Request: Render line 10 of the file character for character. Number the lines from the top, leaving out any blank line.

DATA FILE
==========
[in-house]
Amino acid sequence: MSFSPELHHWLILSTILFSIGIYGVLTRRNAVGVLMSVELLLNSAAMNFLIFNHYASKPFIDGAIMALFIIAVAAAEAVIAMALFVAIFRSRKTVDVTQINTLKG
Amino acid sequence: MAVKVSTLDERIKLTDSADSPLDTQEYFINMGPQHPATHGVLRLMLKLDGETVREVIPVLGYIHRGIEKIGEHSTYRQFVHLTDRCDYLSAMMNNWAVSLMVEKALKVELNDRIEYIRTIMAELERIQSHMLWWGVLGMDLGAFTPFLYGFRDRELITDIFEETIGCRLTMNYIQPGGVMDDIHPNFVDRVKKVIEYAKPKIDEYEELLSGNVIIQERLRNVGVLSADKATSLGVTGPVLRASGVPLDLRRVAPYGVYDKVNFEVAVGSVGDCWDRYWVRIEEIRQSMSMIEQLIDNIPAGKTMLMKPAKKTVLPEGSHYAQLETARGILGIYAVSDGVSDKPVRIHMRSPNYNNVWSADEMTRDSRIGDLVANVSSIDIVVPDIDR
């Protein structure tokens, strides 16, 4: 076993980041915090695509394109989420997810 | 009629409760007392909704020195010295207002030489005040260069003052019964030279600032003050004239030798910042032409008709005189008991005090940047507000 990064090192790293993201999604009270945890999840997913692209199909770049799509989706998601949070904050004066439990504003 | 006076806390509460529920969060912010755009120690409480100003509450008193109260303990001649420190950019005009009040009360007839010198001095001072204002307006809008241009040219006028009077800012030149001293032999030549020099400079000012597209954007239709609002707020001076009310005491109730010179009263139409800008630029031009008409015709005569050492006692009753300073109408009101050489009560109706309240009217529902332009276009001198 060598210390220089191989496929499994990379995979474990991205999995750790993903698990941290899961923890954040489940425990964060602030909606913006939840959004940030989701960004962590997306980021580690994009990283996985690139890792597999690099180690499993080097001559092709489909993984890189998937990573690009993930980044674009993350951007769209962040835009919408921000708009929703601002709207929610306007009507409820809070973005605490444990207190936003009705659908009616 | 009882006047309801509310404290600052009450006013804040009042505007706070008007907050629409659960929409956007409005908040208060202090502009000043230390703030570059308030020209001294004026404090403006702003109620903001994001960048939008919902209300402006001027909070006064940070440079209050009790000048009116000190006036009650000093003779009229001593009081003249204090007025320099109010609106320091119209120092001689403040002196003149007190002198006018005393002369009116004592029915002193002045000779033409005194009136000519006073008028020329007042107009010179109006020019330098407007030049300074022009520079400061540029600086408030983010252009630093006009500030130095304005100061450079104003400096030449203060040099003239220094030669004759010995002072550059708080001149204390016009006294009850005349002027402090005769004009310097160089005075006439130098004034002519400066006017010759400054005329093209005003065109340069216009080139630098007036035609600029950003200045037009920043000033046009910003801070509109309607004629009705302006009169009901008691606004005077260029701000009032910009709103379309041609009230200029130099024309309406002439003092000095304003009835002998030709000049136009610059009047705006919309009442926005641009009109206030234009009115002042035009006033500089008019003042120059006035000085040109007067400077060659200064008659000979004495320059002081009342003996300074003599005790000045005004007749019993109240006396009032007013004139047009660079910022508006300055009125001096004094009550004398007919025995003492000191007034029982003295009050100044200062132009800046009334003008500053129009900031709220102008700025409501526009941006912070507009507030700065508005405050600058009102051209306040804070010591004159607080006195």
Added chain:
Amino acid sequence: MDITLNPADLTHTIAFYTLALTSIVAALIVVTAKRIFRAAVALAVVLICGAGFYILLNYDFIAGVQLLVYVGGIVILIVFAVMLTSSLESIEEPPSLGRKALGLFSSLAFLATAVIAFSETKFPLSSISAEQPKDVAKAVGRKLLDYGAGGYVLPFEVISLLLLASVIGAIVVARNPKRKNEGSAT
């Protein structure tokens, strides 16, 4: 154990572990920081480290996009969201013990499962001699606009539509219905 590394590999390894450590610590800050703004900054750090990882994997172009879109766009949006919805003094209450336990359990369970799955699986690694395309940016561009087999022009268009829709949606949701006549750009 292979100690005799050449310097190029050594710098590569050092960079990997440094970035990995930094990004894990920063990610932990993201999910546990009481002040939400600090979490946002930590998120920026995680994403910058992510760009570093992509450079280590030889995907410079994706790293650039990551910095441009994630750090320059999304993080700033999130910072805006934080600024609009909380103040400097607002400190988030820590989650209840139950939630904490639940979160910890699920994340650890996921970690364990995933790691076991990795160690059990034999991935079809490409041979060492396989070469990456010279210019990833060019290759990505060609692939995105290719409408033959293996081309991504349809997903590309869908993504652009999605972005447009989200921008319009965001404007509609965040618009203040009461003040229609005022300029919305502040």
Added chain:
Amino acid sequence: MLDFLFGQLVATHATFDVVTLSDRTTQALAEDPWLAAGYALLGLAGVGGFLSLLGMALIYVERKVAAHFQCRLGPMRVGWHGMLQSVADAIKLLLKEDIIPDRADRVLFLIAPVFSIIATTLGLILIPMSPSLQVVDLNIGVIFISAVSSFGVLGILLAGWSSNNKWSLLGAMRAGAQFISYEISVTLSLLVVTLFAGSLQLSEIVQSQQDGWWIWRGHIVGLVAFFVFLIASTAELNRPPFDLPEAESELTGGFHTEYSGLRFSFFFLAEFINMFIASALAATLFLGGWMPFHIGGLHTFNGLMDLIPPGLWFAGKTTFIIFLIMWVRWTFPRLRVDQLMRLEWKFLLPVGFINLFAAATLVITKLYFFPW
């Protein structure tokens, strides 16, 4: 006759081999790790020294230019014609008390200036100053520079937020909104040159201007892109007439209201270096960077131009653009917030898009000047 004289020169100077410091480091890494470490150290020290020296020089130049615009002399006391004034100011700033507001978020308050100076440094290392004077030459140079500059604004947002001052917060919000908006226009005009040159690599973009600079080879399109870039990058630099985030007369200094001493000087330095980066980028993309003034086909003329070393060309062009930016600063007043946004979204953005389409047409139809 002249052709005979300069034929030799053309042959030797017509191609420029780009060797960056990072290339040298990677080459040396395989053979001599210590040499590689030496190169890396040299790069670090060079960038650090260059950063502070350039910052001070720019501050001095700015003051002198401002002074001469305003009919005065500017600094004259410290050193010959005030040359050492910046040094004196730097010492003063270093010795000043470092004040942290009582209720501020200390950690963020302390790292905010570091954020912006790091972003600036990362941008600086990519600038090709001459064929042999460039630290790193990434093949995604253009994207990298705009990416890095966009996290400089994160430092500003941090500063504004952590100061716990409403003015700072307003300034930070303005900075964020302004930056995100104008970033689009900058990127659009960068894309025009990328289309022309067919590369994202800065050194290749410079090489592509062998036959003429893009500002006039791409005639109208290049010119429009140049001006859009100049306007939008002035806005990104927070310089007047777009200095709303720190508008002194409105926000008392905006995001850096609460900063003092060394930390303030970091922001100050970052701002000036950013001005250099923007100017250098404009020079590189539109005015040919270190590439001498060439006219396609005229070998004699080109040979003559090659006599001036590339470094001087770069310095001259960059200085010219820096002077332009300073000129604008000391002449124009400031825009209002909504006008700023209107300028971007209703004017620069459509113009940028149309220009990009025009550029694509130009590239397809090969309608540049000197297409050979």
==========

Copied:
């Protein structure tokens, strides 16, 4: 006759081999790790020294230019014609008390200036100053520079937020909104040159201007892109007439209201270096960077131009653009917030898009000047 004289020169100077410091480091890494470490150290020290020296020089130049615009002399006391004034100011700033507001978020308050100076440094290392004077030459140079500059604004947002001052917060919000908006226009005009040159690599973009600079080879399109870039990058630099985030007369200094001493000087330095980066980028993309003034086909003329070393060309062009930016600063007043946004979204953005389409047409139809 002249052709005979300069034929030799053309042959030797017509191609420029780009060797960056990072290339040298990677080459040396395989053979001599210590040499590689030496190169890396040299790069670090060079960038650090260059950063502070350039910052001070720019501050001095700015003051002198401002002074001469305003009919005065500017600094004259410290050193010959005030040359050492910046040094004196730097010492003063270093010795000043470092004040942290009582209720501020200390950690963020302390790292905010570091954020912006790091972003600036990362941008600086990519600038090709001459064929042999460039630290790193990434093949995604253009994207990298705009990416890095966009996290400089994160430092500003941090500063504004952590100061716990409403003015700072307003300034930070303005900075964020302004930056995100104008970033689009900058990127659009960068894309025009990328289309022309067919590369994202800065050194290749410079090489592509062998036959003429893009500002006039791409005639109208290049010119429009140049001006859009100049306007939008002035806005990104927070310089007047777009200095709303720190508008002194409105926000008392905006995001850096609460900063003092060394930390303030970091922001100050970052701002000036950013001005250099923007100017250098404009020079590189539109005015040919270190590439001498060439006219396609005229070998004699080109040979003559090659006599001036590339470094001087770069310095001259960059200085010219820096002077332009300073000129604008000391002449124009400031825009209002909504006008700023209107300028971007209703004017620069459509113009940028149309220009990009025009550029694509130009590239397809090969309608540049000197297409050979």